When not hosting 86′d Mondays–a night for the city’s food and wine industry players–at the famed Drake Hotel, Ivy Knight writes about the food scene for various publications, among them the Globe and Mail and Toronto Life. With ten years experience cooking in professional kitchens (in Austin, Texas, Kingston, Ontario and here in Toronto – from Biff’s Bistro to Cowbell and the Drake Hotel), her approach to writing is from a cook’s perspective.
In her six years as a freelance writer she’s interviewed some of the world’s greatest chefs, including Jacques Pepin, Vikram Vij, Fergus Henderson and Anthony Bourdain as well as food personalities Ruth Reich, Kevin Brauch and Calvin Trillin.
Swallow – Editor in Chief and Co-Founder
Laura Buckley is a cook, recipe developer, food writer and editor. She is a graduate of Queen’s University and the Stratford Chefs School and apprenticed in the kitchens of some of Toronto’s top restaurants. Laura’s work has appeared in magazines including Canadian House & Home, Canadian Living, Homemaker’s and Edible Toronto. She is co-editor of All Stirred Up: Over 150 of the Best Recipes from The Women’s Culinary Network and recipe writer for The G.I. Diet Cookbook. She and has taught cooking classes for Loblaws and the LCBO, and ran a catering company, called Eats of Eden, cooking for rock stars to royalty. Laura is a member of Slow Food, Cuisine Canada, The Editors’ Association of Canada, and a past board member of the Women’s Culinary Network.
Journalist Pamela Cuthbert writes about food issues and food trends. Her work has appeared in publications such as Macleans, The Economist, Saveur, Common Dreams, Slow Food Almanac and Edible City.
Sarah Crawford is a communications consultant with extensive experience in the broadcast, charitable and not-for-profit sectors. She is passionate about food and community development, and supports a food system that is “good, clean and fair”. Sarah is active in community and public service serving on boards for organizations including Integra, an accredited agency serving young people and their families dealing with learning disabilities and mental health issues. In 2010, she wrote about and attended the Canadian Chefs’ Congress, as well as Terra Madre, “a world meeting of food communities”. She is a long time member of Slow Food Canada.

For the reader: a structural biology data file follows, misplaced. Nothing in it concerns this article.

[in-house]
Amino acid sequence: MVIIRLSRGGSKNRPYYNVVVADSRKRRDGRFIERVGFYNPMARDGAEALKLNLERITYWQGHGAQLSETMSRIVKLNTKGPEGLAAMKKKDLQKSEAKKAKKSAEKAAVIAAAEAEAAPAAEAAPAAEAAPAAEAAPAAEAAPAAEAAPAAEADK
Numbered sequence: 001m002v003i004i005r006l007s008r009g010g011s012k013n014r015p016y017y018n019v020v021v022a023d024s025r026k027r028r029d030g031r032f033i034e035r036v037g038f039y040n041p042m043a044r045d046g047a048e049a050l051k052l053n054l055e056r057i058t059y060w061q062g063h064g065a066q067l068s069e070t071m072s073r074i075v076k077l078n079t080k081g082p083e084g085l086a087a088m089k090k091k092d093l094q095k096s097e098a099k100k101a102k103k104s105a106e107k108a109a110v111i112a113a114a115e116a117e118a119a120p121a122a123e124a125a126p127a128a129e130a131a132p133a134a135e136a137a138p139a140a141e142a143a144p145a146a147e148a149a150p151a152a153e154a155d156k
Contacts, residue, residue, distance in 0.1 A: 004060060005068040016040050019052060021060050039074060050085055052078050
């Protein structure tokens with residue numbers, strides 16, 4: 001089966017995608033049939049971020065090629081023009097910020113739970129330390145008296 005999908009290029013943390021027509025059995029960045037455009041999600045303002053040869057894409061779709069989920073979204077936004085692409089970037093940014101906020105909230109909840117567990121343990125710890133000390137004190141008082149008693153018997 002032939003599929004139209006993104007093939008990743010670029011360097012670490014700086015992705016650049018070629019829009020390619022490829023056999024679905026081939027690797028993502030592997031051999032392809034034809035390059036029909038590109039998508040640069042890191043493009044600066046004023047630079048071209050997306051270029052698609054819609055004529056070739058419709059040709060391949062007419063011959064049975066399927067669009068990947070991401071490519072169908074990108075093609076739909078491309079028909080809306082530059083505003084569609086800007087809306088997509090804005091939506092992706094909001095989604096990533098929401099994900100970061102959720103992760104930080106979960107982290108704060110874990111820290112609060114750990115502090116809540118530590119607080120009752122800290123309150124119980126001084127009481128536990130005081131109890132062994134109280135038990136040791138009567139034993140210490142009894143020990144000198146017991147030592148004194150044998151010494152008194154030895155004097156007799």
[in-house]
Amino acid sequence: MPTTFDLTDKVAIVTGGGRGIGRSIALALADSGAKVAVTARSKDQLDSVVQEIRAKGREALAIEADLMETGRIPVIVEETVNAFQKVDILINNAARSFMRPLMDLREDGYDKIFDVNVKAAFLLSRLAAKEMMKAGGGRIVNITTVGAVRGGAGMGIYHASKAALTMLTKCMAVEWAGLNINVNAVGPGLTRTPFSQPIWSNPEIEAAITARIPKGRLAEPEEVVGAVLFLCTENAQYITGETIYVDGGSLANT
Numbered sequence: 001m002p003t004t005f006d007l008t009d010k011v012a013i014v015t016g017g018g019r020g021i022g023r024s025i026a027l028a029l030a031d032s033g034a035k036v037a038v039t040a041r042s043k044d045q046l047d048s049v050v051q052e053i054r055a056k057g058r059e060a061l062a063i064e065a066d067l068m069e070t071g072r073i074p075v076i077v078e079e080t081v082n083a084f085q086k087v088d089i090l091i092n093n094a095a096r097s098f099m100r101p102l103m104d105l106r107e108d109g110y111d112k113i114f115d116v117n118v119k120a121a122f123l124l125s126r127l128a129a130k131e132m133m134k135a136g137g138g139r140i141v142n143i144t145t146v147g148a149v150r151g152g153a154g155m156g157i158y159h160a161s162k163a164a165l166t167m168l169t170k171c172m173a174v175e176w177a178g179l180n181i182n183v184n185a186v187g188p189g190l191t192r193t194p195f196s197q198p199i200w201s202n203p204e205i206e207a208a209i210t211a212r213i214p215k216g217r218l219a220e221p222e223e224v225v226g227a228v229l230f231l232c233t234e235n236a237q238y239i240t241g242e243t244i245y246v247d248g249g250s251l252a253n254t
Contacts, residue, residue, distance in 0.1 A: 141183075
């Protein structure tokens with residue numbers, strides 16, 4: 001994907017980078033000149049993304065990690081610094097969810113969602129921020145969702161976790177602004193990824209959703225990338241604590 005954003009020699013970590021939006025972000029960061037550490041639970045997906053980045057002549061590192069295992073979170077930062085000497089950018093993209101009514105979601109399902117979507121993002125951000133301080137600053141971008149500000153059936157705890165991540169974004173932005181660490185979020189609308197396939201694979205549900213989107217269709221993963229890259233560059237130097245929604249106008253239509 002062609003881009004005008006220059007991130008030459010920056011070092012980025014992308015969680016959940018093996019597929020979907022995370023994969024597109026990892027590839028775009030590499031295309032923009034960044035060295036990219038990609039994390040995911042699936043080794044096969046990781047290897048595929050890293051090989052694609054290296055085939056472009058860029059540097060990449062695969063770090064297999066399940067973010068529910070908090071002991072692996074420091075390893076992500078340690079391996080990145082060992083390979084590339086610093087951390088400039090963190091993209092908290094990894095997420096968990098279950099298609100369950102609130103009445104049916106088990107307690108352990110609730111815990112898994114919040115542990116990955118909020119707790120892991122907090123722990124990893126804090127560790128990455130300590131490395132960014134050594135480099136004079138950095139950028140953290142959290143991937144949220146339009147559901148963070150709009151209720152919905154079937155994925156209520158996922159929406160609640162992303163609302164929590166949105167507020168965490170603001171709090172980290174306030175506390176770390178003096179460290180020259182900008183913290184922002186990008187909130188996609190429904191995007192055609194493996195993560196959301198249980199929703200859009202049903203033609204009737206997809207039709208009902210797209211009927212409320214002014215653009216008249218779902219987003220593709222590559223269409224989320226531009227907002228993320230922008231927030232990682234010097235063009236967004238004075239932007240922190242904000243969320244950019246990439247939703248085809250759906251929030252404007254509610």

Kristina has been working as a professional cook and pastry chef for the past seven years. She’s spent time cooking at The Ritz Carlton Toronto, Enoteca Sociale, The Stop, Jacobs and Co. Steakhouse, staged with Marc Thuet, butchered pigs with Guy Rawlings once, and made a pastry or two for Cafe Belong last summer (2012). Her professional experience spans photography, visual art, web development and freelance writing. She is involved in event planning with The Stop’s Night Market and currently works as a Digital Content Specialist at a national supermarket chain. Kristina is responsible for the art, design (with Catherine Mangosing), and development of the 2013 Terroir website.
Agatha is an aspiring food philosopher. She believes in local food, responsible purchasing practices and the health benefits of a glass of good Merlot. She once considered law school, but after a stint studying journalism and later completing a developmental politics degree at the University of Toronto, she realized she would much rather eat than be eaten.
A quick 180 later, she holds a diploma in Culinary Management from George Brown College. She spent time in Toronto kitchens, but has traded in her spoons to spread the word about Ontario’s amazing food experiences. In 2011, she was recognized by the OHI as one of Ontario’s Top 30 Under 30 in the hospitality industry.
Agatha can now be found rubbin’ elbows with members and managing the Ontario Culinary Tourism Alliance’s communications. In her spare time, she can usually be found helping out at her local farmers’ market, tending her tomatoes or investigating the newest local food haunt. She is an avid photographer, blogger and traveller. She has studied in Brno, baguette’d in Bordeaux, cycled the Irish coast and eaten puffin in Iceland. Despite it all, she loves Ontario most, and has been known to drive all the way to Kingston for a good black currant scone.
Norman Hardie is one of a select few winemakers in the world who has mastered the art of tasting, growing and making wine in both Hemispheres and six wine regions around the world.
In his early twenties he received his sommelier certification from the esteemed wine program at the University of Dijon in Burgundy and put his skills to work as a sommelier for Four Seasons Hotels for six years. His insatiable thirst to master the art of winemaking led him on a six year journey apprenticing for the very best producers/winemakers of cool climate varieties in Burgundy, South Africa, Oregon, New Zealand and California.
Recently his wines have received numerous accolades in both the local and international market. Matt Kramer, of the Wine Spectator, chose the 2008 County Chardonnay as one of his wines of the year. Outstanding reviews have come from international wine critics, such as Stephen Tanzer and Jancis Robinson. Critics from Ontario, including Tony Aspler, John Szabo and David Lawrason have been quick to hand out praise for each vintage of Norman Hardie Wines.